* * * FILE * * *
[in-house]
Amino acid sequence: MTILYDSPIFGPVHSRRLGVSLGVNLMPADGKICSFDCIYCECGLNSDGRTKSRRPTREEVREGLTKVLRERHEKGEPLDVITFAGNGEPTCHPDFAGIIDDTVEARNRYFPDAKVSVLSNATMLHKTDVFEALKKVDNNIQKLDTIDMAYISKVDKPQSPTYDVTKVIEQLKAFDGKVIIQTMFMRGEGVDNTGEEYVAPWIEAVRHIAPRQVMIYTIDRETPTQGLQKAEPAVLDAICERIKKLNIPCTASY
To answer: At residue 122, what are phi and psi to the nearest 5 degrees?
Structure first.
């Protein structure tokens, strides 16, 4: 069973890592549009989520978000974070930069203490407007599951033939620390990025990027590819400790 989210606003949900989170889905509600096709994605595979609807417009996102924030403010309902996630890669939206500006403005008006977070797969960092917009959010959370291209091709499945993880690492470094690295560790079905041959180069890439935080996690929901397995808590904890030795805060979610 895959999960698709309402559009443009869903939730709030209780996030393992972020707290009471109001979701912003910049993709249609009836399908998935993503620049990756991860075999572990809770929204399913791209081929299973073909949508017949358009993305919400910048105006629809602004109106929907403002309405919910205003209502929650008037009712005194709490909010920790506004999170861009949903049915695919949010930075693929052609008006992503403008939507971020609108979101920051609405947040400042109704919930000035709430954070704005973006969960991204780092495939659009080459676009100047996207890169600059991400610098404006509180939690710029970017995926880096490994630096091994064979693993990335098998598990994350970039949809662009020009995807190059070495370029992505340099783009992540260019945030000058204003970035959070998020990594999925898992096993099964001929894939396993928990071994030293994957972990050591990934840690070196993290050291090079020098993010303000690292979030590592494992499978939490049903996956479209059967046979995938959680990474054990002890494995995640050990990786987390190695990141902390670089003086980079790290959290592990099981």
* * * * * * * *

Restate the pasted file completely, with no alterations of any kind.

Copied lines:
[in-house]
Amino acid sequence: MTILYDSPIFGPVHSRRLGVSLGVNLMPADGKICSFDCIYCECGLNSDGRTKSRRPTREEVREGLTKVLRERHEKGEPLDVITFAGNGEPTCHPDFAGIIDDTVEARNRYFPDAKVSVLSNATMLHKTDVFEALKKVDNNIQKLDTIDMAYISKVDKPQSPTYDVTKVIEQLKAFDGKVIIQTMFMRGEGVDNTGEEYVAPWIEAVRHIAPRQVMIYTIDRETPTQGLQKAEPAVLDAICERIKKLNIPCTASY
To answer: At residue 122, what are phi and psi to the nearest 5 degrees?
Structure first.
């Protein structure tokens, strides 16, 4: 069973890592549009989520978000974070930069203490407007599951033939620390990025990027590819400790 989210606003949900989170889905509600096709994605595979609807417009996102924030403010309902996630890669939206500006403005008006977070797969960092917009959010959370291209091709499945993880690492470094690295560790079905041959180069890439935080996690929901397995808590904890030795805060979610 895959999960698709309402559009443009869903939730709030209780996030393992972020707290009471109001979701912003910049993709249609009836399908998935993503620049990756991860075999572990809770929204399913791209081929299973073909949508017949358009993305919400910048105006629809602004109106929907403002309405919910205003209502929650008037009712005194709490909010920790506004999170861009949903049915695919949010930075693929052609008006992503403008939507971020609108979101920051609405947040400042109704919930000035709430954070704005973006969960991204780092495939659009080459676009100047996207890169600059991400610098404006509180939690710029970017995926880096490994630096091994064979693993990335098998598990994350970039949809662009020009995807190059070495370029992505340099783009992540260019945030000058204003970035959070998020990594999925898992096993099964001929894939396993928990071994030293994957972990050591990934840690070196993290050291090079020098993010303000690292979030590592494992499978939490049903996956479209059967046979995938959680990474054990002890494995995640050990990786987390190695990141902390670089003086980079790290959290592990099981």